SolarCity has expanded again.
For the second time this year, the residential solar company has made an acquisition to expand its business on the East Coast. The company said today it purchased the residential solar installation division of GroSolar to move into Massachusetts, New Jersey, New York and Pennsylvania — raising its nationwide footprint to 10 states and 21 operations centers.
Interestingly, the acquisition isn’t just about reaching more markets — it’s about staying competitive in a few years, when a key federal tax credit expires.
The move should give the company enough scale to make solar power as affordable as grid power without incentives by 2016, which is when the 30% solar investment tax credit expires, said spokeswoman Chelsea Guidice. The solar investment tax credit currently enables many solar financing businesses to charge attractive rates for energy generated by solar panels.
It may well be a smart move. Federal support for clean energy wavers all the time and is often unpredictable. A different Treasury grant for renewable energy projects was in danger of dying last year, until a last-minute rally renewed it — for only one more year.
SolarCity is one of the top players in what has become a popular form of selling renewable energy: leasing. Using a combination of federal and state incentives, startups can offer home owners solar panels on their roofs for little to no money down. They make money by selling the electricity generated back to residents (who have to sign a power purchase agreement locking in the rates for up to 25 years) on top of a leasing fee, and they typically only operate in markets where the combination will come out to less than what traditional utilities charge.
SolarCity is expanding aggressively, more so than any of the other players in the market. Just last month, SolarCity said it had acquired a solar installer that would enable it to expand to the Washington, D.C. and Maryland markets. But there are others entering the fray with leasing and financing-type options of their own — and investors willing to back them.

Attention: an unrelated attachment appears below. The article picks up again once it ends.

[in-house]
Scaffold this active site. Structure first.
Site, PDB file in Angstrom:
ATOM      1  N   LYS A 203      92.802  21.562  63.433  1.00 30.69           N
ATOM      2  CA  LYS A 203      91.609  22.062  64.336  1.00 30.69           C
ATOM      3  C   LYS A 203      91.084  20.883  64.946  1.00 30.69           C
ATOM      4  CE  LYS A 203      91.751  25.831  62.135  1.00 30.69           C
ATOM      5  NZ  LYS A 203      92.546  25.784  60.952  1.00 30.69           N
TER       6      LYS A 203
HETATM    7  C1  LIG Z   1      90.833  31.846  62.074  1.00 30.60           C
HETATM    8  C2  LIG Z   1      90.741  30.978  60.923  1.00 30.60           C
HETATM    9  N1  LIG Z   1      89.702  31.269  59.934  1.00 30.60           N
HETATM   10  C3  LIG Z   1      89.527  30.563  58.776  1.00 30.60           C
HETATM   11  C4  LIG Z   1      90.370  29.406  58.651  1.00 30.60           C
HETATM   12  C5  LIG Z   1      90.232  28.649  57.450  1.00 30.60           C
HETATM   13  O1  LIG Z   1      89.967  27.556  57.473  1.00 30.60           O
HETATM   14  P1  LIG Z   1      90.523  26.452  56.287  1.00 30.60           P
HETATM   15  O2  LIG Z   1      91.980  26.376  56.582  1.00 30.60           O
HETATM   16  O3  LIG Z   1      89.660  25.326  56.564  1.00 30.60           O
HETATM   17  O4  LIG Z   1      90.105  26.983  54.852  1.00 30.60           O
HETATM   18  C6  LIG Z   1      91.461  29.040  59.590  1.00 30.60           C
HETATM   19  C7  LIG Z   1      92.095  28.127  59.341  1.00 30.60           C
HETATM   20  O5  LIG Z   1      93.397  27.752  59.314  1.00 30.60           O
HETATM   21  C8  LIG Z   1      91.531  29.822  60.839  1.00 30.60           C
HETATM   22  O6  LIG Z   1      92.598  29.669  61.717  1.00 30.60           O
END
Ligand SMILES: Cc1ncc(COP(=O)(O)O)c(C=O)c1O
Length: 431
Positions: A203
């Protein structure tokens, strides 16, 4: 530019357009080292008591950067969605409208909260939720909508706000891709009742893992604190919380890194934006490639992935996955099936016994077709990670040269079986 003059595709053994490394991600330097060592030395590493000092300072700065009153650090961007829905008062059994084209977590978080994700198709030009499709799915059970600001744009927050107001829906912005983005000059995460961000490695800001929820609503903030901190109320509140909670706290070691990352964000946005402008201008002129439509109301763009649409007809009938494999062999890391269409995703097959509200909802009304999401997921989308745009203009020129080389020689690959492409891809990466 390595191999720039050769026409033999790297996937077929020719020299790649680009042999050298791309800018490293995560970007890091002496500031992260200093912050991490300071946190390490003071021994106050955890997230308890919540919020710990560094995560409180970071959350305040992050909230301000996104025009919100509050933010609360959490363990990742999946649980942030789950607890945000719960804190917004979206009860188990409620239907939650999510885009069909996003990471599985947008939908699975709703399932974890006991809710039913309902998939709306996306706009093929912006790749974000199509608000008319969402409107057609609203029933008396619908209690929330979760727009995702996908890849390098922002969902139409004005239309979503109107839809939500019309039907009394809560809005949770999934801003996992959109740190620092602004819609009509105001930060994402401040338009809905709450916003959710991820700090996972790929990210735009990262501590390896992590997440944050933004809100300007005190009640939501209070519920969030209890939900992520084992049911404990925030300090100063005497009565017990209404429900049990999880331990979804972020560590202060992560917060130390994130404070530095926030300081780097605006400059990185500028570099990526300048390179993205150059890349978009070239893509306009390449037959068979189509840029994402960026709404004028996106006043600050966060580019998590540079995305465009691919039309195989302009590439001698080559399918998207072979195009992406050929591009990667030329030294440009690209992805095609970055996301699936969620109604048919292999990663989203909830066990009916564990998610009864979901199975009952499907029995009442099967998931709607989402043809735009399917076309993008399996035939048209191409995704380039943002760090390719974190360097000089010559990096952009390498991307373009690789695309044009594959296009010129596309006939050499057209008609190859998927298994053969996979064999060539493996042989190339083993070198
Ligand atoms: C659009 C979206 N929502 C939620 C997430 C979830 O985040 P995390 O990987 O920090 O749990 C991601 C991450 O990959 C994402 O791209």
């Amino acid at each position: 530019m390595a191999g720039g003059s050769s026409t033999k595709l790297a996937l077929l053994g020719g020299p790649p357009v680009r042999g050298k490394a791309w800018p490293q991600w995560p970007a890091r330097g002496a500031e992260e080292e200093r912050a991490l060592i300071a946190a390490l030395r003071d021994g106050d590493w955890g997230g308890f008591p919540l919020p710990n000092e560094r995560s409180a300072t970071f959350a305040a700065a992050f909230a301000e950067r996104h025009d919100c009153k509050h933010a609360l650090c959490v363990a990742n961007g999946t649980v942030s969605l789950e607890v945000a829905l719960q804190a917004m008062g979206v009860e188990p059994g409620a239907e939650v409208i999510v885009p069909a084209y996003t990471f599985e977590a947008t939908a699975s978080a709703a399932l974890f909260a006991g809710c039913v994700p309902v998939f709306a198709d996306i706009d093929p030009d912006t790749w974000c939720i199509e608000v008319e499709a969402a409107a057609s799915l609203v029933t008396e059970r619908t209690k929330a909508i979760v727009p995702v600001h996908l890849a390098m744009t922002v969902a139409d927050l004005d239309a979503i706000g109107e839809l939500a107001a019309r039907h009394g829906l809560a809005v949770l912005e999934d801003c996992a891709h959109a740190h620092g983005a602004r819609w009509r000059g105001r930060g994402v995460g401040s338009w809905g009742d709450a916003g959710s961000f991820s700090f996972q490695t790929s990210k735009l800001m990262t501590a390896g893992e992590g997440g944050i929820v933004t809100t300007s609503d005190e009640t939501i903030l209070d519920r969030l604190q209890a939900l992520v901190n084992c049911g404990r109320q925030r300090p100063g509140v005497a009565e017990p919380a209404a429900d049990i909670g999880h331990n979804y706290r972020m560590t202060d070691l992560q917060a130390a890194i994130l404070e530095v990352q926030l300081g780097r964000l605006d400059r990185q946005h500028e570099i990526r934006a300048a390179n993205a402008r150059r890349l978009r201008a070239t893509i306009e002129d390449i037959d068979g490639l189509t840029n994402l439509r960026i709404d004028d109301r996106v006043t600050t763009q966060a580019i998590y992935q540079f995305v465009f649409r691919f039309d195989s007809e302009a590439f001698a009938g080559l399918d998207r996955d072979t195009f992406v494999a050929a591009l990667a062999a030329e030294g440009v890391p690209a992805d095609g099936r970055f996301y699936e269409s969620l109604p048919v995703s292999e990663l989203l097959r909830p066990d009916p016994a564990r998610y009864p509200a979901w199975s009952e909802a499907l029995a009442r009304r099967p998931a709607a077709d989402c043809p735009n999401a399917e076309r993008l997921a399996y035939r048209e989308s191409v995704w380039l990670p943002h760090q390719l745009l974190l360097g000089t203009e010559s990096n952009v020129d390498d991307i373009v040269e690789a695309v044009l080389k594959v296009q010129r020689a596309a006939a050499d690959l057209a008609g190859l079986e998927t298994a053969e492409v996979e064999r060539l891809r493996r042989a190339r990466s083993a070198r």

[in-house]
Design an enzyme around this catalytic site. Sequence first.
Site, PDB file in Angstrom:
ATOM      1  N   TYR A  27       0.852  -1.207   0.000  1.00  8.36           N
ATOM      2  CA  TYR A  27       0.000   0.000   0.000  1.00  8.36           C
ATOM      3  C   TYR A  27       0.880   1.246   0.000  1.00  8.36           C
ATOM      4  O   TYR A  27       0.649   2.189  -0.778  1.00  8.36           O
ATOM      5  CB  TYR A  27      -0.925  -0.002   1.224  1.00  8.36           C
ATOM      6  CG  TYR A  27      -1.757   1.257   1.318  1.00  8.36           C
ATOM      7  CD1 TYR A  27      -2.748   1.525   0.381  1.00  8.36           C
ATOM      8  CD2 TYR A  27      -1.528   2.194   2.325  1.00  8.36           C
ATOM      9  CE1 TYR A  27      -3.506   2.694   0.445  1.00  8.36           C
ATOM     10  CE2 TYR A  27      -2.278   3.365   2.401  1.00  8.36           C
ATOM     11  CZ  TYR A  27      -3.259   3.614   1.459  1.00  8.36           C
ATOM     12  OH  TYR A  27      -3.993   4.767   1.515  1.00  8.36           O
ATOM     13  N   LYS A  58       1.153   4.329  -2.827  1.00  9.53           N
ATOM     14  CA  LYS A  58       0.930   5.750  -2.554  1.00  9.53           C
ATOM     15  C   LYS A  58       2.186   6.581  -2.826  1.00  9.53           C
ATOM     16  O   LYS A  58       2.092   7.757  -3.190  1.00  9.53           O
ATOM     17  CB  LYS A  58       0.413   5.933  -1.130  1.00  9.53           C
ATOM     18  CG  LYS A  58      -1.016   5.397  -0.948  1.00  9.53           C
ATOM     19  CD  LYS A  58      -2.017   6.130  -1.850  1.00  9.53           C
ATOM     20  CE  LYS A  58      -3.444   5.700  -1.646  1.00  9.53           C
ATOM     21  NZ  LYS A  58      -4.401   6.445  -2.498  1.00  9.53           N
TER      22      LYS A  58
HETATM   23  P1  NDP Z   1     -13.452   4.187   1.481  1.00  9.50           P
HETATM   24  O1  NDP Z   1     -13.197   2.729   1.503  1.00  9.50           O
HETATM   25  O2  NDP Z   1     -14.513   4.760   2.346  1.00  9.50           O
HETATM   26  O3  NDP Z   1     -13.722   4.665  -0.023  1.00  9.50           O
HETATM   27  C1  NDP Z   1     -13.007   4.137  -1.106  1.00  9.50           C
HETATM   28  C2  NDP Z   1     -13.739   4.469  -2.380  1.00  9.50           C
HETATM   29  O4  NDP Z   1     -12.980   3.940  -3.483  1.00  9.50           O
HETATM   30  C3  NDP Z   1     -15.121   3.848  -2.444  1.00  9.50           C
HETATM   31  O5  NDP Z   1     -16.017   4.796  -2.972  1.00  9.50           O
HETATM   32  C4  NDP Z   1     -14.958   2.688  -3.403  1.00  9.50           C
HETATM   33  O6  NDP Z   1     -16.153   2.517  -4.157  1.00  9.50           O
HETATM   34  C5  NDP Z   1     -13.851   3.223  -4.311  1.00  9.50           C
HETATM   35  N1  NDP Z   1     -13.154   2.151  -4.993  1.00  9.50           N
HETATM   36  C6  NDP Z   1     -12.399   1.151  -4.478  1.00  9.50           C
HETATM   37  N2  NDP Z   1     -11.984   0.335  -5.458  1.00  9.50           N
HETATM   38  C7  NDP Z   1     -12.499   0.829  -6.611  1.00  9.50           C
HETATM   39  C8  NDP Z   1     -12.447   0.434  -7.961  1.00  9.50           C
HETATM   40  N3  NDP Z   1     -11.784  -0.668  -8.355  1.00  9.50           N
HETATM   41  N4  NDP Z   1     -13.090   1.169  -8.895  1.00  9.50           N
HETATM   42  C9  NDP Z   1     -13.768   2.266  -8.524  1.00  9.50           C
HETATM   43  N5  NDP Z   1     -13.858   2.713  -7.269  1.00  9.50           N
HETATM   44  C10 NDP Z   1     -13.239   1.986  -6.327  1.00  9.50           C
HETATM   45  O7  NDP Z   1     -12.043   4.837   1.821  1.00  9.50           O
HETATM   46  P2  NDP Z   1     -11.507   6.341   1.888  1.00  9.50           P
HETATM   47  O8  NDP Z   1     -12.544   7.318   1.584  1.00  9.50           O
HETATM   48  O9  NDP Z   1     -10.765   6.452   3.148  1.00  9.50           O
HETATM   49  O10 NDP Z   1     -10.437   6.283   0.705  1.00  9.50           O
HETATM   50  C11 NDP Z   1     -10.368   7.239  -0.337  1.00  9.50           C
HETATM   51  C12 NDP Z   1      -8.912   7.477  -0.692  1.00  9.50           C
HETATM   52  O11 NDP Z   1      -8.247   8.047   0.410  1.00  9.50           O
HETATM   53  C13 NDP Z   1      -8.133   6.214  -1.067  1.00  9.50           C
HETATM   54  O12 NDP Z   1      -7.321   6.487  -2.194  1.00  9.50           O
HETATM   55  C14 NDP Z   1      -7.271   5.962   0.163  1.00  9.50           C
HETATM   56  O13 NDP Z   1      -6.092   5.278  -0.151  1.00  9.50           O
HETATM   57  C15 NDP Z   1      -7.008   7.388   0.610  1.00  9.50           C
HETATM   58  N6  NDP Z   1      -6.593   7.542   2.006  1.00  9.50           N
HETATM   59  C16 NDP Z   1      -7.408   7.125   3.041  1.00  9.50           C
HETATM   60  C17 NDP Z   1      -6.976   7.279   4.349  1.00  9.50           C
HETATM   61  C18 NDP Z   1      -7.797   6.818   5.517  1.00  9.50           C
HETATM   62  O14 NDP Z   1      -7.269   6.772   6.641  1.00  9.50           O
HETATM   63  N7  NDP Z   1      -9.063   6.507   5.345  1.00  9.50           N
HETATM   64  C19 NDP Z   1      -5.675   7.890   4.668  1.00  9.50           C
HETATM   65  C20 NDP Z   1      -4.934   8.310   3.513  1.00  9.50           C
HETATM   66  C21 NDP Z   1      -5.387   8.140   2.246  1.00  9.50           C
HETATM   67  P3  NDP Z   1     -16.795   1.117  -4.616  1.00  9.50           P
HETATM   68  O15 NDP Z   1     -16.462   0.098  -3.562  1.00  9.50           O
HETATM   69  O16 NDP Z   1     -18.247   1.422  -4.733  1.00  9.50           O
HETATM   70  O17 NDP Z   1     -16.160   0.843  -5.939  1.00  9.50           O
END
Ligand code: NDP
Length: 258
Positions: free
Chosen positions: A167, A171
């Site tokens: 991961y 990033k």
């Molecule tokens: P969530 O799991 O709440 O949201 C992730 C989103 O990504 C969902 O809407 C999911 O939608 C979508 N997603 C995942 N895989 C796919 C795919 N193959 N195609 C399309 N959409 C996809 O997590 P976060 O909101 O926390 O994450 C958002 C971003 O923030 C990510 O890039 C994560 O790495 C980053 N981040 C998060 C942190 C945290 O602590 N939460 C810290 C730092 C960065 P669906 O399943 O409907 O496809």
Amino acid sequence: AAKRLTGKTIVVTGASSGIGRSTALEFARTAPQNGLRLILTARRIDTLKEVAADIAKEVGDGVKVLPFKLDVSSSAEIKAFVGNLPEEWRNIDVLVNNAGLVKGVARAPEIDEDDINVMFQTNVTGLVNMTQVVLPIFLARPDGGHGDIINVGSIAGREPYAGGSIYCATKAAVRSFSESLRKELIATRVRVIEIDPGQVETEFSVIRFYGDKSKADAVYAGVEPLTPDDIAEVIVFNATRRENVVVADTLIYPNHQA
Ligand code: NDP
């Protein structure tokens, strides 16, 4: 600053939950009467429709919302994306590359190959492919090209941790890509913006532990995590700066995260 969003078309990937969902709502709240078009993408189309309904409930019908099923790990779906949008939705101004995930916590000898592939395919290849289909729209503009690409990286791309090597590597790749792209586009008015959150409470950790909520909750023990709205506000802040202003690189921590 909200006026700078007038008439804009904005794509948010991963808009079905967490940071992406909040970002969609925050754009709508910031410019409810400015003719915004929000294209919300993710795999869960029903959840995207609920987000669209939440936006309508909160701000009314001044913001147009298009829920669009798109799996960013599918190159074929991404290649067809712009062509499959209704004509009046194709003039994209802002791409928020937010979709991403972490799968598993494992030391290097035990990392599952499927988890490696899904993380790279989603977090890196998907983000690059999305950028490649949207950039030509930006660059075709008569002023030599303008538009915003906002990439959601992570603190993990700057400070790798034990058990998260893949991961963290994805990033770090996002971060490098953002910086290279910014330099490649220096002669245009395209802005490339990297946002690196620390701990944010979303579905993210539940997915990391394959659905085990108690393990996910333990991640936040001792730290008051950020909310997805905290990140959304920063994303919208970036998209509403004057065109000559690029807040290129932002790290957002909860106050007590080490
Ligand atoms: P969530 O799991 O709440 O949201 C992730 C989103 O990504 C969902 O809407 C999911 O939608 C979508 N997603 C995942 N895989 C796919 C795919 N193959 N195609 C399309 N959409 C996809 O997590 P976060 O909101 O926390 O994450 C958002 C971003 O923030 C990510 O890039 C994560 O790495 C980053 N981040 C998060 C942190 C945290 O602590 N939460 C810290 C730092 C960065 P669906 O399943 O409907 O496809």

Lvestus said yesterday it had raised $750 million for no-money-down installation of geothermal heating and cooling systems. Sungevity just raised $15 million and is expanding to the East Coast. Buzzy fuel cell startup Bloom Energy launched a similar program for its fuel cell electricity generators. Solar Universe, a financing and installation startup, raised $7 million last month. And as of last year, another top solar leasing company, SunRun, still claimed to be two times larger than its nearest competitor and commanded 55 percent of the market share in California.
With the market getting crowded, SolarCity has looked to differentiate itself in a few key ways. For one, it now says it specializes in energy efficiency for homes. In (yet another) acquisition last year, the company added home energy audits to its business. It also has operation centers from which its own installers operate; by contrast, SunRun partners with local installers in markets it chooses to enter.
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